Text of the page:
Activists Unfurl Giant 'End Climate Silence' Banner in Times Square
A big crowd of volunteers joined 350.org in Times Square yesterday afternoon to unfurl a giant parachute with the message “End Climate Silence” and an image of a hurricane.
"Meteorologists have called this 'the biggest storm ever to hit the U.S. mainland,' which is a reminder of how odd our weather has been in this hottest year in American history,” said 350.org founder Bill McKibben. “But mainly it's a reminder of how much we need to take care of each other when disaster strikes—we hope everyone will pitch in with the Red Cross, and with local relief efforts. Community is our greatest source of energy, and our cleanest!"
Photo: Adam Welz
As Hurricane Sandy barrels down on the East Coast, scientists are connecting the dots between increasingly extreme weather and global warming. Yet for most of this year’s presidential election, the words “climate change” have gone unmentioned. The issue was not raised in a presidential debate for the first time since 1988.
Scientists warn that climate change is loading the dice for extreme weather events like Hurricane Sandy. The Earth’s average global temperature has risen between 1.5 and 2 degrees Fahrenheit over the past century and the warmer temperatures mean that the atmosphere holds about 4 percent more moisture than it did in 1970, leading to greater rainfall.
Photo: Adam Welz
According to leading hurricane tracker and weatherman Jeff Masters, water temperature in the mid-Atlantic this year is 5°F warmer than average, allowing hurricanes to travel farther north and contributing to “an unusually large amount of water vapor available to make heavy rain.”
The recent string of extreme weather events—especially the drought, heat wave, and wildfires that ravaged much of the U.S. this summer—is making Americans more concerned about climate change. According to a recent report by the Yale Project on Climate Change Communications, 70 percent of Americans now say they believe global warming is a reality, the highest level since 2008.
This Nov. 7, 350.org is launching a 20-city nationwide tour called “Do The Math” to connect the dots between extreme weather, climate change and the fossil fuel industry, which is not only driving climate change but blocking the clean energy solutions that could solve the crisis.
Visit EcoWatch’s CLIMATE CHANGE page for more related news on this topic.
Toxins in water produced by cyanobacteria was likely responsible for more than 300 elephant deaths in Botswana this year, the country's wildlife department announced on Monday.
How Did Cyanobacteria Poison the Elephants?<p>Cyanobacteria are microscopic organisms common in water and sometimes found in soil. Some cyanobacteria produce neurotoxins.</p><p>The cyanobacteria "was growing in pans" or watering holes, the principal veterinary officer of the Department of Wildlife and National Parks, Mmadi Reuben, told reporters.</p><p>Reuben said the deaths had "stopped towards the end of June 2020, coinciding with the drying of pans."</p><p>"However we have many questions still to be answered such as why the elephants only and why that area only? We have a number of hypotheses we are investigating," added Reuben.</p><p>Similar elephant deaths have also been recorded in neighboring Zimbabwe.</p>
Climate Change to Blame?<p>Not all cyanobacteria are toxic but scientists say varieties dangerous to humans and animals are occurring more frequently as climate change drives up global temperatures.</p><p>Southern Africa's temperatures are rising at twice the global average, according to the Intergovernmental Panel on Climate Change.</p>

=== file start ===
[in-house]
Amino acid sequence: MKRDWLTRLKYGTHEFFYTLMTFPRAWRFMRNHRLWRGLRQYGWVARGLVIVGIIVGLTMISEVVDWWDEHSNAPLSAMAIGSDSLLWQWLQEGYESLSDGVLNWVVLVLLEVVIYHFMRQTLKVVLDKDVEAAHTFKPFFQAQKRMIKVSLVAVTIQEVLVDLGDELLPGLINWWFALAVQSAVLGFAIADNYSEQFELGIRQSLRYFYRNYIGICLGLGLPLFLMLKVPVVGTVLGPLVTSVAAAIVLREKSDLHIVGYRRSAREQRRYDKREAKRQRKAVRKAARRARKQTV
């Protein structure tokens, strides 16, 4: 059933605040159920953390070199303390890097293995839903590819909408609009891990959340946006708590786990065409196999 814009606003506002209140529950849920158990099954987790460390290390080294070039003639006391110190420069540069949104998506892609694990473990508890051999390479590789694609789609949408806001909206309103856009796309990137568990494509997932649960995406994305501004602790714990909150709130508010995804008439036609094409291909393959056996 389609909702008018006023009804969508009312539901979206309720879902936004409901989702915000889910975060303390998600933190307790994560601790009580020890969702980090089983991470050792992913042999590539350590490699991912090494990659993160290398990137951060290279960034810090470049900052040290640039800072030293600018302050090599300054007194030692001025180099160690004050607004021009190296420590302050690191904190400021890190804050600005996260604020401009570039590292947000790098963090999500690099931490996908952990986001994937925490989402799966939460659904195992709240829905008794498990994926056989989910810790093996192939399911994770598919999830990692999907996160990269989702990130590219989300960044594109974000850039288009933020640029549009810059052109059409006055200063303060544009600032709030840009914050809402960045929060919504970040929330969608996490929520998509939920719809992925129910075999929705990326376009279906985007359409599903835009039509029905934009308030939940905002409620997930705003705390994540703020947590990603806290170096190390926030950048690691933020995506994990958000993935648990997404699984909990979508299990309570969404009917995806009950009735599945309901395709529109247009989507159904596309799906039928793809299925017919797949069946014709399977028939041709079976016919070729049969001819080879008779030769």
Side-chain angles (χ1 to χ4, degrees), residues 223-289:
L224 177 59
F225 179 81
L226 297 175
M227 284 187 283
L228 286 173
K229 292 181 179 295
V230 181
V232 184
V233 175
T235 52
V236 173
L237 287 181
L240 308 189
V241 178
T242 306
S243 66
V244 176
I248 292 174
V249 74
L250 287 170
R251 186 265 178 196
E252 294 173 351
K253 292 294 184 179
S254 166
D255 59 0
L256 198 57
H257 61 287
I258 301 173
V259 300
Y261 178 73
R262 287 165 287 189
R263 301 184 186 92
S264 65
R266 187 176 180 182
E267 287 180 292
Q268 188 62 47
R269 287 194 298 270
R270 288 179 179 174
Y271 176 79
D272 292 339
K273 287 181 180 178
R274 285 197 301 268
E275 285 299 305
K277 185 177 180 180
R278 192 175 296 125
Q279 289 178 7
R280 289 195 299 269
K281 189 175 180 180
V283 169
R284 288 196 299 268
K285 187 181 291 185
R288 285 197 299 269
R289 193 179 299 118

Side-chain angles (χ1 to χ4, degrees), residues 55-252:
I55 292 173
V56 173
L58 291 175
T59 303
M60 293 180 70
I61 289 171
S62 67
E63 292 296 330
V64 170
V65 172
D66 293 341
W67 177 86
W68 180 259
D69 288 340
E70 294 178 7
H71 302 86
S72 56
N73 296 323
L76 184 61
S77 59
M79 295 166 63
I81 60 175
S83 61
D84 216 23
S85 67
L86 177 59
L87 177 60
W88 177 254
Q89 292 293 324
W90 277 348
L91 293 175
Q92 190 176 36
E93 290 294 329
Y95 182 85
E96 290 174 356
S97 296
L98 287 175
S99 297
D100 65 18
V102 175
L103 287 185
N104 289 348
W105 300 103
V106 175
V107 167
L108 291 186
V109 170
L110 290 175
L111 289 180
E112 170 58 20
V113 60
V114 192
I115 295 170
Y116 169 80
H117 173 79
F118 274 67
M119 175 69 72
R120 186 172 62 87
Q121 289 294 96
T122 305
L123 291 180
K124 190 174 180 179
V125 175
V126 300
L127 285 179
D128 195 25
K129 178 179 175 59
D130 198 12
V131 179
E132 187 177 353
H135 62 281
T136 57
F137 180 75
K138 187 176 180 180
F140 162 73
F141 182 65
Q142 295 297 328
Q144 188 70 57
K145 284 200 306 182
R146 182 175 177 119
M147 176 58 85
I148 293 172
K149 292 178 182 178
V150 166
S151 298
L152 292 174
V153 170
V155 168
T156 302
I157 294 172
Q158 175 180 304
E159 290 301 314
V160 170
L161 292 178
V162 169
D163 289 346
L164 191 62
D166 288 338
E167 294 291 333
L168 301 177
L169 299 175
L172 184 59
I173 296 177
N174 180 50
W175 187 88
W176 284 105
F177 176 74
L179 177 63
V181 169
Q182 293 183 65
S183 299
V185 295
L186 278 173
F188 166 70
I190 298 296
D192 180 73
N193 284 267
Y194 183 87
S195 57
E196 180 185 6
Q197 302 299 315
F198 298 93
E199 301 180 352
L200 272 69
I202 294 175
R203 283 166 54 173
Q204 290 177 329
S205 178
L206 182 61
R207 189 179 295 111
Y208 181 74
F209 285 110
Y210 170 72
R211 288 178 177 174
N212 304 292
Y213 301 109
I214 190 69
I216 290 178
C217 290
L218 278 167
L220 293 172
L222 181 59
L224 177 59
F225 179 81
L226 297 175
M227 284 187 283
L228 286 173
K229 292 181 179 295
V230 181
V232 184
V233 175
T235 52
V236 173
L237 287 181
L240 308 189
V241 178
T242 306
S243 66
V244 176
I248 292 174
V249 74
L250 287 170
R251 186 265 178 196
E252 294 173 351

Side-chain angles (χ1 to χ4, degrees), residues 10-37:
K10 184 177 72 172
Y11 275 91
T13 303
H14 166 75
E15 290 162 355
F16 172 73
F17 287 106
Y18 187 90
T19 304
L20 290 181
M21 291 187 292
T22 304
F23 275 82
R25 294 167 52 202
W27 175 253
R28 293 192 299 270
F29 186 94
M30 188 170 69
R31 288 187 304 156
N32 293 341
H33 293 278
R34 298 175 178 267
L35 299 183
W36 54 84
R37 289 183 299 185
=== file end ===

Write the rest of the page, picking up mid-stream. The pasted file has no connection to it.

Elephant Paradise?<p>Africa's overall elephant population is declining due to poaching. But Botswana, home to almost a third of the continent's elephants, has seen numbers grow to around 130,000.</p><p>Botswana's government said it was continuing studies into the occurrence of the deadly bacteria. In the winter, elephants hydrate themselves mainly by eating roots and bark, especially of the baobab tree.</p>
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By Alexandra Villarreal
As West coast wildfires color the skies dystopian red and orange and an aggressive hurricane season batters the U.S. Gulf coast, college students are demanding their schools take bold action to address the climate crisis.
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The National Hurricane Center has run out of names for tropical storms this year and has now moved on to the Greek alphabet during an extremely active hurricane season. Late Monday night, Tropical Storm Beta became the ninth named storm to make landfall. That's the first time so many named storms have made landfall since 1916, when Woodrow Wilson was president, according to NBC News.
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By Karen L. Smith-Janssen
Colette Pichon Battle gave a December 2019 TEDWomen Talk on the stark realities of climate change displacement, and people took notice. The video racked up a million views in about two weeks. The attorney, founder, and executive director of the Gulf Coast Center for Law & Policy (GCCLP) advocates for climate justice in communities of color. Confronted with evidence showing how her own South Louisiana coastal home of Bayou Liberty will be lost to flooding in coming years, the 2019 Obama Fellow dedicates herself to helping others still reeling from the impacts of Katrina face the heavy toll that climate change has taken—and will take—on their lives and homelands. Her work focuses on strengthening multiracial coalitions, advocating for federal, state, and local disaster mitigation measures, and redirecting resources toward Black communities across the Gulf South.
Between 2000 and 2013, Earth lost an area of undisturbed ecosystems roughly the size of Mexico.
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